Even as the world is transfixed by the Derek Chauvin trial in Minnesota (a trial to decide if Chauvin was guilty of murdering George Floyd), we continue to see other examples of police abuse of black and brown people. In the past few days, video evidence of police mistreating a black man in a military uniform has come to light. And, while Americans were still recoiling in horror at seeing police pepper spray and cuff the man at gunpoint over his supposed failure to display a temporary vehicle license, we saw a young black man shot and killed by a white policewoman over expired license tags and an air freshener hanging from his rearview mirror.
Unfortunately, such events have become increasingly common.
In Texas, a young black woman named Sandra Bland died in jail over failure to signal a lane change. In Ohio, a young black man named John Crawford III was shot and killed by police in a Walmart for carrying a BB gun he intended to purchase. In California, it took police 10 seconds to shoot and kill a 13-year-old Latino who was carrying a pellet gun. Likewise, it took police just seconds to kill a 12-year-old black boy for playing with a toy gun in a Cleveland park. In Phoenix, a 14-year-old Latino was shot and killed while holding an air soft gun. In Detroit, a 13-year-old black boy named Tamir Rice was killed for playing with an air soft gun.
In Georgia, a black man named Ahmaud Arbery was hunted and killed by a former police officer and his armed friends while jogging. And, in Kentucky, a black woman named Breona Taylor was shot and killed in the middle of the night in her own home while police were executing a no-knock warrant.
To our nation’s great shame, the number of such examples are far too numerous and far too widespread to list. Yet, despite the publicity and efforts to hold police accountable, the number of events has not diminished. Indeed, they seem to be increasing. And far too many Americans look to blame the victims rather than the officers. They dig through the victims’ criminal history, their drug use, their failure to comply with officers’ unreasonable demands.
By contrast, we see white people treated much differently by police.
Just months after a peaceful crowd of Black Lives Matter protestors were confronted with excessive violence by large numbers of police and National Guard while peacefully protesting in Washington, DC, the almost entirely white crowd of violent insurrectionists who invaded the Capitol were able to overwhelm an undermanned and under-equipped police presence. Even after hours of mayhem and destruction, which resulted in 5 deaths and injuries to more than 140 police officers, the combatants were allowed to simply walk away. In fact, some police actually offered a helping hand to insurrectionists so they could descend the steps and bleachers without injury!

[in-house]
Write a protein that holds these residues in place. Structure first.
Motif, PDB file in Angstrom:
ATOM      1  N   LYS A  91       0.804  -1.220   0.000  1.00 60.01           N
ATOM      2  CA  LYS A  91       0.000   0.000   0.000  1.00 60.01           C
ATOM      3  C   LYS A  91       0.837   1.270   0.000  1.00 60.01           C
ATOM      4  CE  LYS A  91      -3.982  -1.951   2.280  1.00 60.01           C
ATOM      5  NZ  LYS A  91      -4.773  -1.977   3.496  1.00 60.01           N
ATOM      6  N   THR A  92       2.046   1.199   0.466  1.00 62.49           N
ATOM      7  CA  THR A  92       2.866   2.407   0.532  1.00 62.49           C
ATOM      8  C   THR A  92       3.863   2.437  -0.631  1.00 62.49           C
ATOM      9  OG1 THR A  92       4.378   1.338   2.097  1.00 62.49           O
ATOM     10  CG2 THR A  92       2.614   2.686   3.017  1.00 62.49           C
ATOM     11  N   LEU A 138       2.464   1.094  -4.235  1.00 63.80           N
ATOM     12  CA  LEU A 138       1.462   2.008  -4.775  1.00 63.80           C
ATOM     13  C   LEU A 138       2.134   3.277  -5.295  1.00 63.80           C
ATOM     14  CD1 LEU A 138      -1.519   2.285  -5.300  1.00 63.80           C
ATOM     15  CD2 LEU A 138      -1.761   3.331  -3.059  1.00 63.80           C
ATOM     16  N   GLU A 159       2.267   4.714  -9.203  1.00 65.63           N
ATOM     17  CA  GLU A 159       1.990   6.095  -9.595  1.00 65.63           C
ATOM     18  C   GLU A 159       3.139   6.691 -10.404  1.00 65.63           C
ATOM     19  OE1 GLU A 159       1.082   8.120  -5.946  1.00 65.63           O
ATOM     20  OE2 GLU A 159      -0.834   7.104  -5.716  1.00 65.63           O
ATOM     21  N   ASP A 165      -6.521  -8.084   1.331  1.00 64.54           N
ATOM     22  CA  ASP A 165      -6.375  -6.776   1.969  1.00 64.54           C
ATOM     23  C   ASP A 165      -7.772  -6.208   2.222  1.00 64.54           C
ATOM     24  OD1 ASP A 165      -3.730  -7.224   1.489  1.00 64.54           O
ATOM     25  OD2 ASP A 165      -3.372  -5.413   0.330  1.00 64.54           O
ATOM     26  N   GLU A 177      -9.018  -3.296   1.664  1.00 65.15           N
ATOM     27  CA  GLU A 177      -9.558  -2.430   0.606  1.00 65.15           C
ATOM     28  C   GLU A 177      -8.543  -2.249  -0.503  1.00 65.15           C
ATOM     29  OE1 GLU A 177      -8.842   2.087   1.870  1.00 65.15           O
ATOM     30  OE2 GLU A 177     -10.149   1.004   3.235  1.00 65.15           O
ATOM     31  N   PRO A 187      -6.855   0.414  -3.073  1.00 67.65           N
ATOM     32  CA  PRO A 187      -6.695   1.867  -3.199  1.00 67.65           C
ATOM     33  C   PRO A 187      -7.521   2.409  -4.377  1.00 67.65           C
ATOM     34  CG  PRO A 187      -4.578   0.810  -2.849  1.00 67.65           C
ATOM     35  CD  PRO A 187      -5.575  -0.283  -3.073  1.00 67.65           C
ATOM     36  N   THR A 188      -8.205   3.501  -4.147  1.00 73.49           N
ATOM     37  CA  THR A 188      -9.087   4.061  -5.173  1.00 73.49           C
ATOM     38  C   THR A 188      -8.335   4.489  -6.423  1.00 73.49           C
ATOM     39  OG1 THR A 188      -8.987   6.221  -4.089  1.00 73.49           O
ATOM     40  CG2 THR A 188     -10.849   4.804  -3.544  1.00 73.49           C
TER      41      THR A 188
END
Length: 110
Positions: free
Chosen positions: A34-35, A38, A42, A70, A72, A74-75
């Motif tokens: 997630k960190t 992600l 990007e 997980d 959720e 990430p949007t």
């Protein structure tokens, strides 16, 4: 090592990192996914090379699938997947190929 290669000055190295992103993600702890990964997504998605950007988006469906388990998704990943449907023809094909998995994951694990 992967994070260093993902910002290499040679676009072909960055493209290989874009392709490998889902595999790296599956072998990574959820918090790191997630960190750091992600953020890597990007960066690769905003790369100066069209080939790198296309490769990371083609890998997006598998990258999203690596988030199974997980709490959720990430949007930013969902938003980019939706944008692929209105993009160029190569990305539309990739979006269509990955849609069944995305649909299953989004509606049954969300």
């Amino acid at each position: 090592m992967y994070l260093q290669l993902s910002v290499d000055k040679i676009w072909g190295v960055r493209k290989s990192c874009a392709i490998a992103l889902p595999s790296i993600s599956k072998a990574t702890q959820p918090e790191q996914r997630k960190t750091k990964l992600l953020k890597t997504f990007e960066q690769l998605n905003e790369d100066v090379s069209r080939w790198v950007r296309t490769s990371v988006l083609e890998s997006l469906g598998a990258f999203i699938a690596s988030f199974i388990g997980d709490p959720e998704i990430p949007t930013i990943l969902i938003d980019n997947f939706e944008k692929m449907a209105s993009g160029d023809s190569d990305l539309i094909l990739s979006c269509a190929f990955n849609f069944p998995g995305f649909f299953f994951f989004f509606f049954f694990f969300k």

The white insurrectionists resorted to violence based on the lie that the election was stolen from their preferred presidential candidate despite overwhelming evidence to the contrary.
Imagine what those same people might do if they believed they were unfairly stopped for minor traffic offenses; if they were subjected to humiliating searches and excessive fines; if they were subjected to excessive force; or if they were killed for a misdemeanor. Imagine if their communities tended to dismiss their complaints and, instead, displayed signs supporting the police. Imagine, if every time they went to court, their entire lives were put under a microscope in search of any past transgression that could be used against them. Imagine if they found it more difficult to find a job than others. Imagine if they were paid less. Imagine, if they were underrepresented in Congress, in state legislatures, on city councils, on police staffs, and it courts. Imagine if draconian laws were put in place to make it more difficult for them to vote. And imagine if that treatment continued for generations.
Then, and only then, would they have an understanding of what it would be like to be part of a minority.
The sad truth is, in the US, equality simply does not exist. Not for black and brown people. Not for Asian and Pacific Islanders. Not for immigrants. Not for Native Americans. Not for women. Not for people of different sexual persuasions. Not for people of different religions.
It is long past time for that to change. It must change if our ongoing experiment with democracy is to survive!